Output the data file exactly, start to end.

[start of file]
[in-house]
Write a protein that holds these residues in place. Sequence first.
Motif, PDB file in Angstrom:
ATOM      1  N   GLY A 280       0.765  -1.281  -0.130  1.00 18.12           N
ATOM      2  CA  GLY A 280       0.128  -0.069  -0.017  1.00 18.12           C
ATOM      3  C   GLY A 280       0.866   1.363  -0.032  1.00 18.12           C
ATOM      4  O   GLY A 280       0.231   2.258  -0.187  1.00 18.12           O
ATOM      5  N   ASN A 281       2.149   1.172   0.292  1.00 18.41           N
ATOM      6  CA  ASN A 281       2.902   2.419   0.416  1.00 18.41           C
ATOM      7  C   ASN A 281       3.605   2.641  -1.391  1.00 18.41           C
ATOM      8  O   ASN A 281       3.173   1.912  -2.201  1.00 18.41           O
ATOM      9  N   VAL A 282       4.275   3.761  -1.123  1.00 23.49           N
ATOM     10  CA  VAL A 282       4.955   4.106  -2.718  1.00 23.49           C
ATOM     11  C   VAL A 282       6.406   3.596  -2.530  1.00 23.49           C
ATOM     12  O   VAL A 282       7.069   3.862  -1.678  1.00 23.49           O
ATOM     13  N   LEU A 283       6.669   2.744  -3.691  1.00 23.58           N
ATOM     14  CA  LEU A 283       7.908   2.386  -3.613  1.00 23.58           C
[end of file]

[in-house]
Write a protein that holds these residues in place. Sequence first.
Motif, PDB file in Angstrom:
ATOM      1  N   GLY A 280       0.765  -1.281  -0.130  1.00 18.12           N
ATOM      2  CA  GLY A 280       0.128  -0.069  -0.017  1.00 18.12           C
ATOM      3  C   GLY A 280       0.866   1.363  -0.032  1.00 18.12           C
ATOM      4  O   GLY A 280       0.231   2.258  -0.187  1.00 18.12           O
ATOM      5  N   ASN A 281       2.149   1.172   0.292  1.00 18.41           N
ATOM      6  CA  ASN A 281       2.902   2.419   0.416  1.00 18.41           C
ATOM      7  C   ASN A 281       3.605   2.641  -1.391  1.00 18.41           C
ATOM      8  O   ASN A 281       3.173   1.912  -2.201  1.00 18.41           O
ATOM      9  N   VAL A 282       4.275   3.761  -1.123  1.00 23.49           N
ATOM     10  CA  VAL A 282       4.955   4.106  -2.718  1.00 23.49           C
ATOM     11  C   VAL A 282       6.406   3.596  -2.530  1.00 23.49           C
ATOM     12  O   VAL A 282       7.069   3.862  -1.678  1.00 23.49           O
ATOM     13  N   LEU A 283       6.669   2.744  -3.691  1.00 23.58           N
ATOM     14  CA  LEU A 283       7.908   2.386  -3.613  1.00 23.58           C